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Blog post Part of special issue: Spotlight on SEND: Curriculum design and practice

How can we challenge assumptions about learners with SEND?

Janet Hoskin, Associate Professor at University of East London

Life is determined by the normative. From the moment we are born, our weight, height and growth are tracked on charts that compare our trajectory of development with what is considered ‘normal’. This ‘normative model of difference’ is particularly dominant in education which presumes able-bodiedness and offers pedagogy and practice aimed at a ‘middle ground’ and teaching ‘to the majority’ (Florian & Black-Hawkins, 2011). Combined with a curriculum that is ‘invested in the support of normalizing discourses’ (Erevelles, 2005), perhaps it is not surprising that children and young people with special educational needs and disabilities (SEND) can become invisible ‘others’. 

This othering of disabled people, which starts early in life, has real-life consequences. You only have to look at the high rates of deaths in the UK from Covid-19 of people with learning disabilities – eight times the general population (BMJ, 2021) – or the shocking numbers of young people dying in mental health residential units, to see how the lives of people with SEND appear to be more dispensable than the lives of their peers. As a result, low expectations and what Sara Ryan (2017) calls a ‘lack of imagined future’ can be a prevailing narrative for many young people with SEND. To challenge these assumptions as teachers we need to have some guiding principles.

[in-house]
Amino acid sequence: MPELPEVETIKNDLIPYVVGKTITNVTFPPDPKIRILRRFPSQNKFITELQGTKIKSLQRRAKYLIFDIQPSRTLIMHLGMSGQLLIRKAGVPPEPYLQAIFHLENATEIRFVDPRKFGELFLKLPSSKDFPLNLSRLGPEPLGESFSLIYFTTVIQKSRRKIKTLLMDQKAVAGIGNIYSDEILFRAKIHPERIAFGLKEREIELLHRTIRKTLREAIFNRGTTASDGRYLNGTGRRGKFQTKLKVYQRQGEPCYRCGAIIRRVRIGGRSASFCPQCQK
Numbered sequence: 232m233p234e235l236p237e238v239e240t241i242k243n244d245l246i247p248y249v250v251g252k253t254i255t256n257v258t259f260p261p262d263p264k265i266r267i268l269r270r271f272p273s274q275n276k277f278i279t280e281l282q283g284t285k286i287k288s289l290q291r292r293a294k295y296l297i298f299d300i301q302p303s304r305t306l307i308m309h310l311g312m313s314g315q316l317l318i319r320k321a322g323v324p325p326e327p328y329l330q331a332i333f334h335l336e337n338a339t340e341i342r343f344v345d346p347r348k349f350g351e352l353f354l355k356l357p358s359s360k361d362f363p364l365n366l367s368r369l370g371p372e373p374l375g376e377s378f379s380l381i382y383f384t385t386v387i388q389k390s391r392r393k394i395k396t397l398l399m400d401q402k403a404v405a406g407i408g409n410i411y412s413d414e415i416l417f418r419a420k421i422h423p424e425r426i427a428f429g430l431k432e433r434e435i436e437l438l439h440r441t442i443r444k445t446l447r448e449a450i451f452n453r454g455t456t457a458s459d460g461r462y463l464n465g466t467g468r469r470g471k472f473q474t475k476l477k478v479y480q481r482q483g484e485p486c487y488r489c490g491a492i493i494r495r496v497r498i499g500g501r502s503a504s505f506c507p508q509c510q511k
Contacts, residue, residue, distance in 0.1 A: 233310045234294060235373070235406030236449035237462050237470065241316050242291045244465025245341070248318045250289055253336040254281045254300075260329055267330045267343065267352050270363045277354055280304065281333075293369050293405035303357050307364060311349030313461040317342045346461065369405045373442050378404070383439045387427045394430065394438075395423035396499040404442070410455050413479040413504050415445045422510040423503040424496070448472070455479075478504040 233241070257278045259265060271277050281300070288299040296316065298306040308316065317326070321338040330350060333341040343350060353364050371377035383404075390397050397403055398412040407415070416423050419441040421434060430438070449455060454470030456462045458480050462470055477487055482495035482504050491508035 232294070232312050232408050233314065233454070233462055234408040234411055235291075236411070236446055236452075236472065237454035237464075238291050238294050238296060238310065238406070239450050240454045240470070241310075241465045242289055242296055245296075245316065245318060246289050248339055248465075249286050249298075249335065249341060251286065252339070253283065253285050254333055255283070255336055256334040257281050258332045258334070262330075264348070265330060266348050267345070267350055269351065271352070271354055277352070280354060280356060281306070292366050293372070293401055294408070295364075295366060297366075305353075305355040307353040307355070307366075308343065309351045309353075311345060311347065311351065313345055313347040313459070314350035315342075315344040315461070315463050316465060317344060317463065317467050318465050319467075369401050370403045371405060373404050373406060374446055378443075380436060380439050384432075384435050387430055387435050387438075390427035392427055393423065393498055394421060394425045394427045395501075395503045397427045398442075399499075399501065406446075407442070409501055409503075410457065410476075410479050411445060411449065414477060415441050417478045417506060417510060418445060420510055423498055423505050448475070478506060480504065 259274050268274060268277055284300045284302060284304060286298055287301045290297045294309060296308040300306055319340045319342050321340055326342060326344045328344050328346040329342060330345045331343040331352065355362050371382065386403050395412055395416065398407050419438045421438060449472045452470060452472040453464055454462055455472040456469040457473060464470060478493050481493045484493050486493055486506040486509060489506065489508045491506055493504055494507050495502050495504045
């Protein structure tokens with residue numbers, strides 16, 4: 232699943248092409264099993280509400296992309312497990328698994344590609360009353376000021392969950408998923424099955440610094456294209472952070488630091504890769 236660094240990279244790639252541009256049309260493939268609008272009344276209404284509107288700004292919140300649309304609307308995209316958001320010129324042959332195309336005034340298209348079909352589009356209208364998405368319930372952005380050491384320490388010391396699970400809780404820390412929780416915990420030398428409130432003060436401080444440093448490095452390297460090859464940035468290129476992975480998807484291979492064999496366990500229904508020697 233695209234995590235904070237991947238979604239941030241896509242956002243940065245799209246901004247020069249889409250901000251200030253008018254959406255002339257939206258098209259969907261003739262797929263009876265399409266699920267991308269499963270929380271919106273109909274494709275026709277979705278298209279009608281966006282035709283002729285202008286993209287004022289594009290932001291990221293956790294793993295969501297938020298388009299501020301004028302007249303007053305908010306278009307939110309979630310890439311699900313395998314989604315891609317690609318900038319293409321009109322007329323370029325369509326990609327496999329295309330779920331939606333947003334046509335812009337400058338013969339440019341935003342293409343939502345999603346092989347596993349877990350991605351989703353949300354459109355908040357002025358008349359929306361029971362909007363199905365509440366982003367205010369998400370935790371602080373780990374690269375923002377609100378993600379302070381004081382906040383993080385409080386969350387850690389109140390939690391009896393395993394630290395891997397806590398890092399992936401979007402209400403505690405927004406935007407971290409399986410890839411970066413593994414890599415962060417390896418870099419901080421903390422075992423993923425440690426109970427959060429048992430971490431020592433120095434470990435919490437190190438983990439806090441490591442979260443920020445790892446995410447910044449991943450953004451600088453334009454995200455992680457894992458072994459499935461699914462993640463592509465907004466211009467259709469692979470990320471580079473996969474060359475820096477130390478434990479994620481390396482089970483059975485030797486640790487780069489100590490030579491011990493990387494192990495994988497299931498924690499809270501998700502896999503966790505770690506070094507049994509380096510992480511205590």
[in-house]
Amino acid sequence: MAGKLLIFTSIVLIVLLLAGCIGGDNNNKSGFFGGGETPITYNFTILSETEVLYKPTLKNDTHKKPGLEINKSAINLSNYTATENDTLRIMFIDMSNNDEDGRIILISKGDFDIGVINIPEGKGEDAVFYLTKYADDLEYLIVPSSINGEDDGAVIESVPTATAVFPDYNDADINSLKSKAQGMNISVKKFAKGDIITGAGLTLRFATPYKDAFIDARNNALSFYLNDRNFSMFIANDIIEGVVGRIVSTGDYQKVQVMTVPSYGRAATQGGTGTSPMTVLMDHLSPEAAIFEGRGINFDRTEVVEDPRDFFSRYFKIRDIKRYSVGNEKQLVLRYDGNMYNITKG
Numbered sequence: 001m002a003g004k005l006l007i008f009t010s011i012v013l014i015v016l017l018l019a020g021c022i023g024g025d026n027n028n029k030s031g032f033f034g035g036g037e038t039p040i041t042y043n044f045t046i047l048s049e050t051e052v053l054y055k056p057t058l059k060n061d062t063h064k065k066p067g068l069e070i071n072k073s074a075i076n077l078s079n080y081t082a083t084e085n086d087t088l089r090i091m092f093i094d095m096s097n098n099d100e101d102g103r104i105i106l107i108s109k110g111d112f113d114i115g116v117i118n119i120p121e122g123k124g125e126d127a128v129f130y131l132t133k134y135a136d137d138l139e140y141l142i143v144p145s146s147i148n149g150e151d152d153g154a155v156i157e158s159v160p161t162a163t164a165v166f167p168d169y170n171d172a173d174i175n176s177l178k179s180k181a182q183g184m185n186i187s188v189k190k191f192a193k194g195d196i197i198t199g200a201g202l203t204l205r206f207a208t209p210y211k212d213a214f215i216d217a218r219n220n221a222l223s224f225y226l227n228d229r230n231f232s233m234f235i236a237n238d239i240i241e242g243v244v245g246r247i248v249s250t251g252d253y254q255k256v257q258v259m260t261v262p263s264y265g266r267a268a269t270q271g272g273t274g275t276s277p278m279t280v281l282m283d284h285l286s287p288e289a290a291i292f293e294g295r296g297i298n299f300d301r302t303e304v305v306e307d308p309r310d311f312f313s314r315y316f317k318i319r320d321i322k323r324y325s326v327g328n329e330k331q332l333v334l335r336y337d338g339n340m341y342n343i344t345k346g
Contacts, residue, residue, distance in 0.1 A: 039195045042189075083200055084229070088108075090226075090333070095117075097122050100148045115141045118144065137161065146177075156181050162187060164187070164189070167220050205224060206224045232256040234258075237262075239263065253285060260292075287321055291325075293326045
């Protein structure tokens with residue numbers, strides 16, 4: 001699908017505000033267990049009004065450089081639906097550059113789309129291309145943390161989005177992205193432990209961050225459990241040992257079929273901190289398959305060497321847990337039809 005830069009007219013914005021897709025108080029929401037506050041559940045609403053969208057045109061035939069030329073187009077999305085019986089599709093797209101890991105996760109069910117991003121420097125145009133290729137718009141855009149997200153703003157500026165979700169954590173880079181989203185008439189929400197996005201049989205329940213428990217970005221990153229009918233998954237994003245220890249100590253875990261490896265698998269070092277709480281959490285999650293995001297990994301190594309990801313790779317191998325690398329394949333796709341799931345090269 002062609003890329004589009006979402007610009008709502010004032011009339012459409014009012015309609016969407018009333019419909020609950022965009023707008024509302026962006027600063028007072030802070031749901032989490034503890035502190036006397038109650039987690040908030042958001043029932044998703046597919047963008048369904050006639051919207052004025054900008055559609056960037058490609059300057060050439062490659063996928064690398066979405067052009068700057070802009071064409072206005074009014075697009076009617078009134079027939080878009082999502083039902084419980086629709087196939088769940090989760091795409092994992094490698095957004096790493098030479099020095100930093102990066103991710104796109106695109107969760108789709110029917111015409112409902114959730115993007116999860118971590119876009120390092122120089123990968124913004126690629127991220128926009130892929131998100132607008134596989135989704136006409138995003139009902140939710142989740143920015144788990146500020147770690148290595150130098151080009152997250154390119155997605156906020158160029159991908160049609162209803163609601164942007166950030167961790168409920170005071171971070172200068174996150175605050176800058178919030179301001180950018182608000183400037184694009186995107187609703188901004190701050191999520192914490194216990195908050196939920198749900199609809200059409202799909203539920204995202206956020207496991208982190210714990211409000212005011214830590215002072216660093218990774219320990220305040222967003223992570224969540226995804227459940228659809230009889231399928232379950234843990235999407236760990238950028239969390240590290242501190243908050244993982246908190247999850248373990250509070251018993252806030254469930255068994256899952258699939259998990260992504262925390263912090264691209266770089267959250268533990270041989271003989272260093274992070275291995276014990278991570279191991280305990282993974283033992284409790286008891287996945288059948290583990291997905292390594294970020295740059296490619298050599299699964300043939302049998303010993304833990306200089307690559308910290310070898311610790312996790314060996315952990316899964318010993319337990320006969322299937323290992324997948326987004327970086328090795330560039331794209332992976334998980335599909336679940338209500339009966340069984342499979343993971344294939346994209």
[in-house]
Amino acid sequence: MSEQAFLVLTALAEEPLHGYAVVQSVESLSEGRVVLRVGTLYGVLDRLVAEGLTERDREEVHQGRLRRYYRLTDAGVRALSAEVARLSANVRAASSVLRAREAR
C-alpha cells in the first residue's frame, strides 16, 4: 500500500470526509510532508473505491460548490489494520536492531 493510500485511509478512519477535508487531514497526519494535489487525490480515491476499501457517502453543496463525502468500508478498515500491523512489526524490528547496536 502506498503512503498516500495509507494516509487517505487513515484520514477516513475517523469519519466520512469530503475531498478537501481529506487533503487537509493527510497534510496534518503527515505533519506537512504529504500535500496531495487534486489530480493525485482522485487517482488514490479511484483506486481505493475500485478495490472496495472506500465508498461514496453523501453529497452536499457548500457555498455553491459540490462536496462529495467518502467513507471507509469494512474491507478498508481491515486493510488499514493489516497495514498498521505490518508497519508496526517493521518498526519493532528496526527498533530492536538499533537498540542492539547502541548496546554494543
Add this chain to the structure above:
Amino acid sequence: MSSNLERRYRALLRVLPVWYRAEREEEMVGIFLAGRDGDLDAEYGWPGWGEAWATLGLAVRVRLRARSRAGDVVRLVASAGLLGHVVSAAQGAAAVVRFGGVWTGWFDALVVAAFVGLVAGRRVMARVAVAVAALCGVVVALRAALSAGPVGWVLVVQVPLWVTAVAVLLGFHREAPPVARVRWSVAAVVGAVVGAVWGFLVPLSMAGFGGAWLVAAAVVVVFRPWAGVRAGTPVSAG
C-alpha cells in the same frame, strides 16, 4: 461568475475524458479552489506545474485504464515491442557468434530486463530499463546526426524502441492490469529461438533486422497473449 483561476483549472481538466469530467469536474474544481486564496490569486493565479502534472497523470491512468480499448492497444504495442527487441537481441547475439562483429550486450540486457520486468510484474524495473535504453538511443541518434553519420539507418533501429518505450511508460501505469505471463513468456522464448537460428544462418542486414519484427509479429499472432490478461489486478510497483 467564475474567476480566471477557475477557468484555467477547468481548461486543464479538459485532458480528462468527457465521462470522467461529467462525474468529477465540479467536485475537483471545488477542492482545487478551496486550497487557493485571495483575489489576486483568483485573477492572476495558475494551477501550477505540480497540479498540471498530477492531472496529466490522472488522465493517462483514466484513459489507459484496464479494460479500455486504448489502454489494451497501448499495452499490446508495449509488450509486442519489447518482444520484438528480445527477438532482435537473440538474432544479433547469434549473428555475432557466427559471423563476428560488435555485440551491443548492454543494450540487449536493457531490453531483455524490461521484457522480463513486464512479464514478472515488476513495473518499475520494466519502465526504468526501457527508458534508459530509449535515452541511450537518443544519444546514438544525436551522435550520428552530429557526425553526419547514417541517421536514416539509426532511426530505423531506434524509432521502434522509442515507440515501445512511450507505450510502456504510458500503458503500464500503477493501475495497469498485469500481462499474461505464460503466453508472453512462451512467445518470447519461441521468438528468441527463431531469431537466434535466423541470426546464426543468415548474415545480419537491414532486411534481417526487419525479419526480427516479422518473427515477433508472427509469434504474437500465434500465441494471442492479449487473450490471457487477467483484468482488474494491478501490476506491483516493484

A good place to start is with disabled people themselves and the Social Model of Disability. This model, born out of the need to oppose tragic and medicalised views of disability, argues that it is society that disables people rather than people’s ‘differences’ or impairments (Oliver, 1983). Within a neoliberal ableist society young people with SEND can often be seen as ‘non-marketable commodities’ (Blackmore, 2000); in order to challenge this, we must have a positive professional identity for SEND (Hart et al., 2004). If teachers feel confident, equipped and supported to include young people and adults with SEND in our pedagogy and practice, then they will not be ‘add-ons’ but central to our planning. And, as Florian and Black-Hawkins remind us, good practice for a child or adult with SEND is good practice for all (Florian & Black-Hawkins, 2011). 

‘If teachers feel confident, equipped and supported to include young people and adults with SEND in our pedagogy and practice, then they will not be “add-ons” but central to our planning.’